alcoholics anonymous

What is the Difference between AA and Other Groups?

By DFCAdmin in QA | | 16 Nov 2017
 

Alcoholics Anonymous is the most widely used 12 step program across the globe. Founded in the 1930’s, the program has helped millions of alcoholics recover from alcoholism. There are some for whom the AA program doesn’t work. Over the years many additional programs have become available for those dealing with any type of addiction.

There are a wide range of alternative 12 step groups. The largest next to AA is Narcotics Anonymous. There are also 12 step programs for family members of alcoholics, compulsive overeaters, debtors, sex addicts, and smokers. There are 12 step programs for adult children of alcoholics, codependents, and a wide range of other issues. A google search will bring up many options.

For those that desire something outside of the 12 steps there are other alternatives. One group, called Women for Sobriety dates back to the 1970’s. The founder, Jean Kirkpatrick, felt women needed a different path to healing than me. The program is designed to bolster women’s sense of self-value and substituting negative, self-destructive thoughts with positive ones. The program has 13 affirmation statements that are the foundation of the program. Like AA, it is an abstinence based program.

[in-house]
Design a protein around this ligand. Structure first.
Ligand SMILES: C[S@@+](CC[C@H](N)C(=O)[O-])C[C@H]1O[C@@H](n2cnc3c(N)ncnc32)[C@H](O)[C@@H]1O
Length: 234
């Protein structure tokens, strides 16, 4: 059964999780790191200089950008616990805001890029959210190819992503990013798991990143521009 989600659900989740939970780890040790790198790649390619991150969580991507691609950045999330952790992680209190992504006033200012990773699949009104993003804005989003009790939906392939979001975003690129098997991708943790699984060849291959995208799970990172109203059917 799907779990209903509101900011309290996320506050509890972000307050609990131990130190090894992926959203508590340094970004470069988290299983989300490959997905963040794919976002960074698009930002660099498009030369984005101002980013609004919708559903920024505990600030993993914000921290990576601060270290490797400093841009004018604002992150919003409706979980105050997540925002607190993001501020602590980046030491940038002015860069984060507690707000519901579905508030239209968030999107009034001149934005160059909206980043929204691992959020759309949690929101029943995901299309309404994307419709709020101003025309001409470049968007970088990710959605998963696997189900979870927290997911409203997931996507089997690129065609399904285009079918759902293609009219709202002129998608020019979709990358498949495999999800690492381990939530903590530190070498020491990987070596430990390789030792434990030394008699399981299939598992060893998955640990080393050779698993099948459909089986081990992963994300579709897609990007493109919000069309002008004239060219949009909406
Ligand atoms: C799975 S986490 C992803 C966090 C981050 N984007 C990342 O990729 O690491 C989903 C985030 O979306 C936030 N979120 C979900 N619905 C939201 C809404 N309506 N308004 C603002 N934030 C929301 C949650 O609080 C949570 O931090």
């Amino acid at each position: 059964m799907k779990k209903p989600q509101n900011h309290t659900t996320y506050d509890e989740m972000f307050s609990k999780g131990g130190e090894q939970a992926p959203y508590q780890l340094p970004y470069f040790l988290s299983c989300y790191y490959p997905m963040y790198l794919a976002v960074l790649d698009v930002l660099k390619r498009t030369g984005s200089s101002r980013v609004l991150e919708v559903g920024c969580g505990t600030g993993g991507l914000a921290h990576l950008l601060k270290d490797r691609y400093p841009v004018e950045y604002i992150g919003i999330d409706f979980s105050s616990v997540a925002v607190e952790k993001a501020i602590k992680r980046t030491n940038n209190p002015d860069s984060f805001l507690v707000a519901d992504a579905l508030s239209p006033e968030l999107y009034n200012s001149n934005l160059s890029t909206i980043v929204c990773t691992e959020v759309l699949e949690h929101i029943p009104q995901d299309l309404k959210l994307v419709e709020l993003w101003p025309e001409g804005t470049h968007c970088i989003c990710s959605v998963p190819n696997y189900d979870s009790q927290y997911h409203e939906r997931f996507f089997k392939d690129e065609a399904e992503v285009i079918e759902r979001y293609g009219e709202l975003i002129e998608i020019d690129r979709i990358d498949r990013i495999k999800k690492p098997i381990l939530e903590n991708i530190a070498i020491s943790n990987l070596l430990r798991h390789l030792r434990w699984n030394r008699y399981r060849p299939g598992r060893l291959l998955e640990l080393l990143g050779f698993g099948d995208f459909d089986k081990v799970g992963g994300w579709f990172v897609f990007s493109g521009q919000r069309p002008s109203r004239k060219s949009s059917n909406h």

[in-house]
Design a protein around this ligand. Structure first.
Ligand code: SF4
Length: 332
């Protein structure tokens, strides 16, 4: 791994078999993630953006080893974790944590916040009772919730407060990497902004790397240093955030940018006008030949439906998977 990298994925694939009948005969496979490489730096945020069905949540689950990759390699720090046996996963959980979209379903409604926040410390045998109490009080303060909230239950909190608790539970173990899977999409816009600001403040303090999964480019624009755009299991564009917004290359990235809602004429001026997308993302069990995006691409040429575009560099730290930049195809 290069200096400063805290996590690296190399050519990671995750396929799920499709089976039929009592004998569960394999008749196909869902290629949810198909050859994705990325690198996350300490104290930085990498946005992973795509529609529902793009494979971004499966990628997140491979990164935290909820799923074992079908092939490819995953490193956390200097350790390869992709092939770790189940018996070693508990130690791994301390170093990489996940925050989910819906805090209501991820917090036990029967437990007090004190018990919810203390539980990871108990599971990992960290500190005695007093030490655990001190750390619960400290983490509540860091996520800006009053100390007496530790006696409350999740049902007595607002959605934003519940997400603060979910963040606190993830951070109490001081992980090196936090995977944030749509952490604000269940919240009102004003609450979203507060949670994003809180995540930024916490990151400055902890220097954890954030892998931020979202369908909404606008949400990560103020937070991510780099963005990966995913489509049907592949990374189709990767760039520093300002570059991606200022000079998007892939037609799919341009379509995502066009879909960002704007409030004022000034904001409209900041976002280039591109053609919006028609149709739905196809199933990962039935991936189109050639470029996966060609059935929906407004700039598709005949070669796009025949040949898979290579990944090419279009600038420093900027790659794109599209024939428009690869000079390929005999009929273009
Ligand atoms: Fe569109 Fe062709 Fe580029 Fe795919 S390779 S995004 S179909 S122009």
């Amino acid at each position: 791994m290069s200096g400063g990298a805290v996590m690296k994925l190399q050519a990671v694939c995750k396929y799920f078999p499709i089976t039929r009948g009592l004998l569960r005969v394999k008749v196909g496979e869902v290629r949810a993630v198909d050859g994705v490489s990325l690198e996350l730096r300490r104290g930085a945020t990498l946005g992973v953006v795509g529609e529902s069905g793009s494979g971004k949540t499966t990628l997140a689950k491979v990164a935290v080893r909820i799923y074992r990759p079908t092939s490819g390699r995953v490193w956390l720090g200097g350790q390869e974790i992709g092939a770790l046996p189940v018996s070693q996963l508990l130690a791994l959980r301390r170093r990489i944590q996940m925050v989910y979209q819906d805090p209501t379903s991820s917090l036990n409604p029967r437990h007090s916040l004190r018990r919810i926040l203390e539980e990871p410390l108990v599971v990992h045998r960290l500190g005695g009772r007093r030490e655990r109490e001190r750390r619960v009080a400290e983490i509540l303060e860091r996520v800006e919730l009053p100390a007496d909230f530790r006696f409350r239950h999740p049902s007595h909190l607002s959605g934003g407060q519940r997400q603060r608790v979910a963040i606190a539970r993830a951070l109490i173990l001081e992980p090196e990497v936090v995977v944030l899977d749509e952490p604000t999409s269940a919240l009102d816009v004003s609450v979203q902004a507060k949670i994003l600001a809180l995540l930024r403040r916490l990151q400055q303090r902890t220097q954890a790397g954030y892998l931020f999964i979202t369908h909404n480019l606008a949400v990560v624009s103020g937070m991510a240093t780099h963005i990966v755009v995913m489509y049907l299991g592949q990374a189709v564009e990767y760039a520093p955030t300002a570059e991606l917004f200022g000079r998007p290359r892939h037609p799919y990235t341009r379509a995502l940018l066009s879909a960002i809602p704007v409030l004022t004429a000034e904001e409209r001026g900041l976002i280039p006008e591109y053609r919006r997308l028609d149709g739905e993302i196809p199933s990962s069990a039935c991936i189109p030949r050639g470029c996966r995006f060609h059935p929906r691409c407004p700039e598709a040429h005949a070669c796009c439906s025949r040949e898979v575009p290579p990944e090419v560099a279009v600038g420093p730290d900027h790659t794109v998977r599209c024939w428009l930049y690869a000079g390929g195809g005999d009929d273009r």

Another alternative abstinence based program is SMART recovery. This program has a cognitive-behavior approach and is recognized by American Society of Addiction Medicine and National Institute on Drug Abuse. Its 4-point program guides participants in the following areas: (1) building and maintaining motivation; (2) coping with urges; (3) managing thoughts, feelings and behaviors; and (4) living a balanced life.

A Christian alternative to AA is Celebrate Recovery. It was founded by Saddleback Church. It has eight principles of recovery that are based on biblical text. Most of the groups are offered at Evangelical churches. It is a Christ-centered program of recovery. It does integrate aspects of the 12 steps and the program is accessible for all types of addictive behaviors.

For those looking for a program that is not spiritual in nature, Secular Organizations for Sobriety (SOS) and LifeRing Secular Recovery are two options. They both encourage sobriety as priority. The tenants are taking responsibility for problem drinking rather than it being a religious or spiritual program. LifeRing Recovery evolved from SOS and welcomes people from all faiths or no faiths. Its three main principles are sobriety, secularity, and self-help.

If you are looking for help for any type of addiction, there are a wide variety of options available to you. Reach out today.

 

There is freedom in recovery. Design For Change is changing lives one step at a time through a multifaceted treatment program and recovery services. Our 12 step based treatment programs offer a refuge from recovery bringing together families in the hope of sobriety. Call us today for information: (877) 267-3646